At harvest, the goal of a solo operator is to stay in the combine for as long as possible to maximize the grain they harvest in a given day. However, the biggest constraint they face is finding a place to put that grain. For most operations, the combine driver is also the truck driver, making it difficult to stay in the combine for as much of the day as possible. For them, every hour spent in the truck is one hour not spent in the combine.
These operations rely on others to jump in and help when possible: children taking over the combine when they get home from school, friends showing up in the early hours of the morning to run an extra truckload, and wives taking the time to get an A1 license. Because of this, harvest can be a stressful time, where operators scramble to find extra hands and call in favors to get truck drivers during the harvest day.
It is the dream of every solo operator to have sufficient, reliable truck drivers available during the day to ensure that they can stay in the combine for as long as possible. If they have enough truck drivers, the operation can run efficiently, so long as there are no breakdowns or other unforeseen issues.
Chart A: Harvesting with Enough Truck Drivers
Chart A shows the bushels of Grain Harvested (on the left / y-axis) by the Hour on a given day of harvest (bottom / x-axis). In this case, the Actual Harvest line keeps up with the Potential Harvest line, meaning that this harvest operates efficiently!
But this is almost never the case for a solo operator. It’s difficult to find reliable drivers to be there every day, for the whole day of harvest, making it nearly impossible to achieve this perfectly efficient harvest day.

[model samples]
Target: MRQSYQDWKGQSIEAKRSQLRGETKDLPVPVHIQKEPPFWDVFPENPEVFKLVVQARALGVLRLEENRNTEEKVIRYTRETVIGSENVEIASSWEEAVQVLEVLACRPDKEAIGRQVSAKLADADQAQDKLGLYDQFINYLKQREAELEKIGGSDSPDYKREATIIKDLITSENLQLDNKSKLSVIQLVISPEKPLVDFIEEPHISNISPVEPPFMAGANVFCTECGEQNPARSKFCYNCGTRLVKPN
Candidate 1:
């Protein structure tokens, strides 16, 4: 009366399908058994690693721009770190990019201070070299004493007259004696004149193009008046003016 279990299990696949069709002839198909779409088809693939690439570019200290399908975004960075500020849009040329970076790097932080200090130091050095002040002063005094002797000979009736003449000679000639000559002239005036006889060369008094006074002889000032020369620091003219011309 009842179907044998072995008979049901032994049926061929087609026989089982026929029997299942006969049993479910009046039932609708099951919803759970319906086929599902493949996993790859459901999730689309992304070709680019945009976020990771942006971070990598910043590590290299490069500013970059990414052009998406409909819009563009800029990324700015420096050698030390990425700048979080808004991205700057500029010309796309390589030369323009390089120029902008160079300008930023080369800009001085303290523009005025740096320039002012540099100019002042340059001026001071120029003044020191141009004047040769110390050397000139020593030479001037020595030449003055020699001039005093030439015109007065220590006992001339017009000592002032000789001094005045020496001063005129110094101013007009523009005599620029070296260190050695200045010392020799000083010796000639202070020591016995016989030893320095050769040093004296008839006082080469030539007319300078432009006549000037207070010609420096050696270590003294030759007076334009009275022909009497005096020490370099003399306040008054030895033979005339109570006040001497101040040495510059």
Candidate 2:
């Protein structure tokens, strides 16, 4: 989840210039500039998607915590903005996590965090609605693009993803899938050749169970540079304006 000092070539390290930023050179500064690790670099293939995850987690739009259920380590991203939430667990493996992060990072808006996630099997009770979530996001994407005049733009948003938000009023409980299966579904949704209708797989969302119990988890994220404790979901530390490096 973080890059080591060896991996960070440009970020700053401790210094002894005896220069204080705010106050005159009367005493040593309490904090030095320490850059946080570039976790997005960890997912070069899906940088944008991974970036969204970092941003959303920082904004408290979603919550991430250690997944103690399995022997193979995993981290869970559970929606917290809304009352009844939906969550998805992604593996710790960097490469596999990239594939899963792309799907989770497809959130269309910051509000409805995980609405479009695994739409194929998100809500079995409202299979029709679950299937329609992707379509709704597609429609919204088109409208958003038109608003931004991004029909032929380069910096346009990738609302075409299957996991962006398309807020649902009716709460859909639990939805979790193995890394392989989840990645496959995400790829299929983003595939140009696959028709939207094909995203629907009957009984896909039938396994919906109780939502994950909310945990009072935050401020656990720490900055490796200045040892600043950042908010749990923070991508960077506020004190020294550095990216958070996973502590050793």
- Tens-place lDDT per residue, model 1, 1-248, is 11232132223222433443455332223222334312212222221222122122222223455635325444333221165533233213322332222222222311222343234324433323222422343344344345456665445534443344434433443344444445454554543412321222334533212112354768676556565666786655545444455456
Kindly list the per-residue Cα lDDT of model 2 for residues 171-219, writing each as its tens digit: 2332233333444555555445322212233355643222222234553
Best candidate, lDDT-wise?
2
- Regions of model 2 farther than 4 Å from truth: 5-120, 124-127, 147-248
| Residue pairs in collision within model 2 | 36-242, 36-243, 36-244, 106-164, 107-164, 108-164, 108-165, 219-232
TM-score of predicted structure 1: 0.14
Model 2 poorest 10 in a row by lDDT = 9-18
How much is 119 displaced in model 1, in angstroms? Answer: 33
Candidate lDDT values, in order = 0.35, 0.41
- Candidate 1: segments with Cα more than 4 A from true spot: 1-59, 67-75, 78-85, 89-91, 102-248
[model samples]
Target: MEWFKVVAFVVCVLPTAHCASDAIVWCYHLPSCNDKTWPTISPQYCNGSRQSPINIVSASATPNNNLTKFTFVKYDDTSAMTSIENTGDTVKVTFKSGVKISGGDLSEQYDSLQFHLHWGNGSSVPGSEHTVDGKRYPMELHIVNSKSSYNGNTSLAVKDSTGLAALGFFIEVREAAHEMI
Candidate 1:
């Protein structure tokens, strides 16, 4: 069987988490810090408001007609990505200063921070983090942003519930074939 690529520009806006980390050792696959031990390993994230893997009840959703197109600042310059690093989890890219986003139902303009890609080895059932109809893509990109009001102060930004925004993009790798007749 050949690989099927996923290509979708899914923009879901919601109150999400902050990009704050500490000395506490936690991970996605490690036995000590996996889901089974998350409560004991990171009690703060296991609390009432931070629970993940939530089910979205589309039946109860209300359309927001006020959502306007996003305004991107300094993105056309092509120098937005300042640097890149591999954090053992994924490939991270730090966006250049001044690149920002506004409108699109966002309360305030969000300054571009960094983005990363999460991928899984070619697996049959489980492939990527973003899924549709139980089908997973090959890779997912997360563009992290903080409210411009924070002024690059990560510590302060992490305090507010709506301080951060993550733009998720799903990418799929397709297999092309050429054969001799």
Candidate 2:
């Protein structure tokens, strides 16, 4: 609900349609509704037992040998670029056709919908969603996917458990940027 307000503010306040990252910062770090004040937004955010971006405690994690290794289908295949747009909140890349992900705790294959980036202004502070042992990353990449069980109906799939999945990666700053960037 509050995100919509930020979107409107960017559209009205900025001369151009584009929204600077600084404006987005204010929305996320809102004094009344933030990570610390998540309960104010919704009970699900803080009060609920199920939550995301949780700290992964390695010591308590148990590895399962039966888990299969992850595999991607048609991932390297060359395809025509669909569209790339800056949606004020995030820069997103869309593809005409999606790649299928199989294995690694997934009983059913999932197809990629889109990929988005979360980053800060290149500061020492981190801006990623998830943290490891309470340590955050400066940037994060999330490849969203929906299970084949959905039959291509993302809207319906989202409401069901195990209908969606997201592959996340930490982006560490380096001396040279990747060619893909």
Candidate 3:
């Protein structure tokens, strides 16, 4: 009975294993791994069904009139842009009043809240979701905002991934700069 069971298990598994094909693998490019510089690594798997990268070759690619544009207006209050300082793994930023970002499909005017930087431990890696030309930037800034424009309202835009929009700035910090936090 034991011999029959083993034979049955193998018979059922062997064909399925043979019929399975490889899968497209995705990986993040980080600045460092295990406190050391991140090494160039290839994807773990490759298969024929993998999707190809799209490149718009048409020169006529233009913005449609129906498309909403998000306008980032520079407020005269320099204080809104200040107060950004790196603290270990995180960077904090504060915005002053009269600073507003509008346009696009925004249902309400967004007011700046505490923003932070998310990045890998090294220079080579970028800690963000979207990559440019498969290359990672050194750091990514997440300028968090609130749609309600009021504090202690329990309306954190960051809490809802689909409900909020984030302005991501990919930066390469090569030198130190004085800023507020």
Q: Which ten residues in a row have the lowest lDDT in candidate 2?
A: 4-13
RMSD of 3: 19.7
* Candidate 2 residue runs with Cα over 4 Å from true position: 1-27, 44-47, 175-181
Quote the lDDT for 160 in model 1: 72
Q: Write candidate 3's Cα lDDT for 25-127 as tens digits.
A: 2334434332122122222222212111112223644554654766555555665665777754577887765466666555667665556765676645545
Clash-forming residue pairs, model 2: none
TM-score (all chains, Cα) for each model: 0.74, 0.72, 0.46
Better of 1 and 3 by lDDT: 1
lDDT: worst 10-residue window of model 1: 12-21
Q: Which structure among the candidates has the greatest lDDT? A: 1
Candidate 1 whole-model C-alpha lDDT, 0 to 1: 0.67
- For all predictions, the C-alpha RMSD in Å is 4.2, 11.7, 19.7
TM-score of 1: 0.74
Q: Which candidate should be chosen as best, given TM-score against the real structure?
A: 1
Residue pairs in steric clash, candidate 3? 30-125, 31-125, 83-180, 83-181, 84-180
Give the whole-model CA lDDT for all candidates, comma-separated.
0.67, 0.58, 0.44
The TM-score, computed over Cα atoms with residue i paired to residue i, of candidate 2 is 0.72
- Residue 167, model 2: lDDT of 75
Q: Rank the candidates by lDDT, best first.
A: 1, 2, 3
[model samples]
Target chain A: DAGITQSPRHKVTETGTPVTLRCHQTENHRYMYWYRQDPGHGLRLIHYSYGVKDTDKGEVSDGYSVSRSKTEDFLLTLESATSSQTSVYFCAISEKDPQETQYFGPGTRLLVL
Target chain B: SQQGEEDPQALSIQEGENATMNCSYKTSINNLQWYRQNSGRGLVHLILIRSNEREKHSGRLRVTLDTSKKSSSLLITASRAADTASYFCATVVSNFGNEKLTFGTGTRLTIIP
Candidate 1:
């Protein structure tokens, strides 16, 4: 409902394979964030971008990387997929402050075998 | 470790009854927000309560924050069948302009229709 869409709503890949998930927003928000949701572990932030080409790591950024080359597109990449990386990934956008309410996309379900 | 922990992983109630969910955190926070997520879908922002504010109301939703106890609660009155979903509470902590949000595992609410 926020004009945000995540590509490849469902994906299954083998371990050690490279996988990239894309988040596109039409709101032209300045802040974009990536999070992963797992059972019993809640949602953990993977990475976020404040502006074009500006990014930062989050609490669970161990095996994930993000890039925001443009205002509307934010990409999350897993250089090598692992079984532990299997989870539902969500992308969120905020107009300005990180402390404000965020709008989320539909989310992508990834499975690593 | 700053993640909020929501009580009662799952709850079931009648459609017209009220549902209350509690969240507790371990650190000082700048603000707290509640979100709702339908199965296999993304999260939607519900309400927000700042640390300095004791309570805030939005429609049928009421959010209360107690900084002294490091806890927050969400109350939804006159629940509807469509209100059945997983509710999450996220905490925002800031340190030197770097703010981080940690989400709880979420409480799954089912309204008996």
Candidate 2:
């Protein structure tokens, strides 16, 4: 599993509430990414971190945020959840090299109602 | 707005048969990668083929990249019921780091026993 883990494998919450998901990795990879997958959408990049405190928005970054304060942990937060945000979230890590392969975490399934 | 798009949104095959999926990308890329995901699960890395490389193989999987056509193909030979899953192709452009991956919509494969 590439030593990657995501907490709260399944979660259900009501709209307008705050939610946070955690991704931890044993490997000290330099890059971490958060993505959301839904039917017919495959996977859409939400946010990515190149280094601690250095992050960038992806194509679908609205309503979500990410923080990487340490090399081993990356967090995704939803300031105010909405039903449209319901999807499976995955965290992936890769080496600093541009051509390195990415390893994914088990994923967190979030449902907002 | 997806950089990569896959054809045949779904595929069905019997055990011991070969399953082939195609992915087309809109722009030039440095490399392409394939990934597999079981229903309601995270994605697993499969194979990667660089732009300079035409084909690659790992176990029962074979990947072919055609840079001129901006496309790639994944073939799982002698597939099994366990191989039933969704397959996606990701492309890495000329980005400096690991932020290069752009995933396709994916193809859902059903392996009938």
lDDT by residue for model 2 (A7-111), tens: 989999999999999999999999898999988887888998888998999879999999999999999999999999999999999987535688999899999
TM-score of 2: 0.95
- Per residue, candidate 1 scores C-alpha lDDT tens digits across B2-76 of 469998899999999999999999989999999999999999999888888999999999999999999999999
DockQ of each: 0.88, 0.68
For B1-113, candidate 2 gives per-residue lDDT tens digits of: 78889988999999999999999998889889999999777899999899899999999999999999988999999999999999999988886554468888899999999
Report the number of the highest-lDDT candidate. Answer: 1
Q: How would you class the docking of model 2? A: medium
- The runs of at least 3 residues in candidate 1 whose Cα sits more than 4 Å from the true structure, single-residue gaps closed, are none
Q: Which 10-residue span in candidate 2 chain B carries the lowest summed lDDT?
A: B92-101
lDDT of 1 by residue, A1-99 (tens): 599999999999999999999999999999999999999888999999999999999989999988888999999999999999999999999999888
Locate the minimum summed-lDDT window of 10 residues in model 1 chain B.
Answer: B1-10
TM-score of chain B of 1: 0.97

Chart B: Harvesting as a Solo Operator
Chart B shows that when solo operators have to leave the combine in the field to drive the truck to storage, the Actual Harvest line is only halfway to the Potential Harvest line, meaning that the harvest runs at half of its potential efficiency. Because of this, solo operators face significant delays, which adds more days to their harvest.
In this scenario, a producer with 3,500 acres could spend over 40 days in the combine due to a lack of available truck drivers. These extra days in the field result in greater wear and tear on equipment and additional labour costs, running up to $60,000.
With a T-Bin parked on the edge of a field during harvest, a solo operator can operate at maximum efficiency. By adding 10,000 bushels of field-side storage, one T-Bin can give a single-combine operation up to 11 hours of non-stop runtime. This makes it possible to stay in the combine for an entire harvest day, unloading grain into the T-Bin, instead of the truck that the combine driver needs to drive to the yard once per hour. The T-Bin effectively eliminates the need to find a truck driver during the harvest day.
Chart C: Harvesting with a T-Bin
In Chart C, the solo operator only needs to find one extra truck driver to support them with unloading for a few hours per day – and they can even come after hours! This significantly reduces the stress of finding drivers, as it actually becomes possible to complete harvest by calling in favors from friends and family.
With a staging bin like the T-Bin, harvest can be completed in just half of the time it would take a lone solo operator jumping between the combine and grain truck. This results in over $60,000 in annual savings; which pays for the T-Bin in just 5 years*.
Beyond these operational savings, there are potentially significant opportunity costs saved by getting the grain off the field earlier. These include preventing the loss of crops to hail and creating opportunities by timing the selling of grain.
Contact us for a free consultation to learn how the T-Bin can save you money at your next harvest.
*the payback period includes the T-Bin and trailer, as well as miscellaneous one-time setup costs